Did you develop tinnitus during COVID-19?
The COVID-19 pandemic saw a dramatic decline in routine interactions between patients and healthcare providers, including audiologists. Despite this overall slowdown, I noticed an anecdotal increase in the proportion of patients presenting with tinnitus during the pandemic - but this was not related to the virus itself. I think the explanation lies in the climate of COVID-19, that is, a climate of anxiety, pressures, social isolation, depression, uncertainty, and neglected health. We did not all recognise the pandemic as an opportunity to rediscover our wellness and redefine our work-spaces. Some people slipped through the cracks of eligibility for the government's financial relief packages entirely.
It is not surprising that the proportion of patients presenting with tinnitus has increased during the pandemic. There are direct connections between the limbic (emotional) brain and the auditory system, and there is evidence that the onset of intrusive tinnitus often occurs during a time of high stress. One of the earliest studies demonstrating this link was presented by Dr. Jonathan Hazell at the 5th International Tinnitus Seminar in 1995. The results of this study suggested that in most cases, clinically significant tinnitus arose at a time of upheaval in a person’s career, when one’s ability to support his/herself and one’s identity as a contributor to society were being challenged.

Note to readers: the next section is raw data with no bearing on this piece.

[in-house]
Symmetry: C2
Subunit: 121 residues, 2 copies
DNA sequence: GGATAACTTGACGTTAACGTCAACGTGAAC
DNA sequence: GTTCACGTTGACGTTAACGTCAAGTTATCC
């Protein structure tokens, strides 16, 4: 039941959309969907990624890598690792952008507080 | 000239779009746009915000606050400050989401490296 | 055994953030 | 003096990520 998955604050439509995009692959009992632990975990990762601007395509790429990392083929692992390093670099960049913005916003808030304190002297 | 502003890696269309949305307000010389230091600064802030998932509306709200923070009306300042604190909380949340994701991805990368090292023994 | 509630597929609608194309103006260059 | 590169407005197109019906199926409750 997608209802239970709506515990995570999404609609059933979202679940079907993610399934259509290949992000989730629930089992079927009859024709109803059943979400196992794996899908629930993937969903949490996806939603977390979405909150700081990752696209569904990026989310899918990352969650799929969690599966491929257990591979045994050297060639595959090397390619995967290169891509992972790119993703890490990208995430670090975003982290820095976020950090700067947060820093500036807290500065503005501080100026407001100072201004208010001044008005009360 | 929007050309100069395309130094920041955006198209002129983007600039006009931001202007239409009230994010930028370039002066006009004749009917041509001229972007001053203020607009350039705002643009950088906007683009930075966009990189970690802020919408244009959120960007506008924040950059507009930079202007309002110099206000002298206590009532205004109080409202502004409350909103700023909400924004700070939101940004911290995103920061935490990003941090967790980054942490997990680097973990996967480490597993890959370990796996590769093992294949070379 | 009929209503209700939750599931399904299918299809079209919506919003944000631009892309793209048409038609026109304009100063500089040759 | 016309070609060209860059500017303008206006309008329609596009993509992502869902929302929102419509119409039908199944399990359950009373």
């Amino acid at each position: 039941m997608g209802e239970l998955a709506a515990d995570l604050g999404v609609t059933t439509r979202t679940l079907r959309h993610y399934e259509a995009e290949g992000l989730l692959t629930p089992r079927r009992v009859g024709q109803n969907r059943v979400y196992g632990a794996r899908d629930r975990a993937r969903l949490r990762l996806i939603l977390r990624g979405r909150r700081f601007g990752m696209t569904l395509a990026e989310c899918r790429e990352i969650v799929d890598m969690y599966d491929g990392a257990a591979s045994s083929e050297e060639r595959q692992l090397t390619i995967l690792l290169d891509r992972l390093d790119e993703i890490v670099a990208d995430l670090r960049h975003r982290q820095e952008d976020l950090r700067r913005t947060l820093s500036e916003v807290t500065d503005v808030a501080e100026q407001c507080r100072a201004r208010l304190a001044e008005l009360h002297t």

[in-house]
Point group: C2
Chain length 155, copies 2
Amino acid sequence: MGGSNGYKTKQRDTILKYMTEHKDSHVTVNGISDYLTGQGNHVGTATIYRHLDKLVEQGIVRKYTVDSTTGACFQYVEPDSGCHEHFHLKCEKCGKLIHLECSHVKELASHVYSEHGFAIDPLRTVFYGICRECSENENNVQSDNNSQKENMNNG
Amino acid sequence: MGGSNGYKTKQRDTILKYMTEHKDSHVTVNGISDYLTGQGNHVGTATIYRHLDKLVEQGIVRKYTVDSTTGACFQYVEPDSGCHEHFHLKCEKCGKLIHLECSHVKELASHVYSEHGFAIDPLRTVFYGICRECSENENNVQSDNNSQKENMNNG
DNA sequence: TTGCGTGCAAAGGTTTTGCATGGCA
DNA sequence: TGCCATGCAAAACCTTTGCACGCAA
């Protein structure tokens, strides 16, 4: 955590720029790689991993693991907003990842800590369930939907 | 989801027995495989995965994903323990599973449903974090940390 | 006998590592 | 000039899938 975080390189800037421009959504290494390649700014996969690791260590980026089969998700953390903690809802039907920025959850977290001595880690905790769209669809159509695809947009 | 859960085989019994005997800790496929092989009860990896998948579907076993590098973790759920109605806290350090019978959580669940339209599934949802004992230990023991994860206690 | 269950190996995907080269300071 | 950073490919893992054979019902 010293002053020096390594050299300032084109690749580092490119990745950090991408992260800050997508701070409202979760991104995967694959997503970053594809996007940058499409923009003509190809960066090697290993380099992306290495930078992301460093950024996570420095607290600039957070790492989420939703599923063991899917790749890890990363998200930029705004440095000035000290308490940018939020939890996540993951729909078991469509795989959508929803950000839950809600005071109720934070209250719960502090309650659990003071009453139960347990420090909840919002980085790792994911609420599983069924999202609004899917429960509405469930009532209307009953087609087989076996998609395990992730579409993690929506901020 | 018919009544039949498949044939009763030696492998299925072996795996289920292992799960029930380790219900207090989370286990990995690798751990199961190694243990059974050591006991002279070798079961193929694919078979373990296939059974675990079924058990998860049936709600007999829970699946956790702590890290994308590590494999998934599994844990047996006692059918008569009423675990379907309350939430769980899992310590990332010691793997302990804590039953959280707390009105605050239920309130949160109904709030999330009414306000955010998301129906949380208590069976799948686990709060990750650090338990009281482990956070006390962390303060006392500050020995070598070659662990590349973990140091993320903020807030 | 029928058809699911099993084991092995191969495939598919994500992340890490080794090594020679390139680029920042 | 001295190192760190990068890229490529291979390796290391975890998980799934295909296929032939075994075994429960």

The onset of tinnitus represents a critical time for many patients, where pervasive beliefs about tinnitus and its prognosis form very quickly. Medical and audiological investigation are essential, so that any serious underlying medical causes can be detected and treated. It is equally important, however, for us to start working together to form a targeted tinnitus treatment plan as early as possible.
There are many physiological, emotional, and cognitive aspects that come into play when a person has a serious negative reaction to their tinnitus. At Lindfield Audiology our approach is to begin by finding out about the impact of tinnitus on all areas of daily life and prioritising from there.
Most evidence-based tinnitus treatments involve structured counselling combined with sound therapy to assist patients in habituating to their tinnitus. Tinnitus Retraining Therapy (TRT) and Tinnitus Activities Treatment (TAT) are two such examples. I went through certification training in TRT in Maryland in 2017, and later that year travelled to Iowa for training in TAT.
If you would like to know more about how we manage tinnitus or would like to come and see us for your tinnitus, please feel free to get in touch.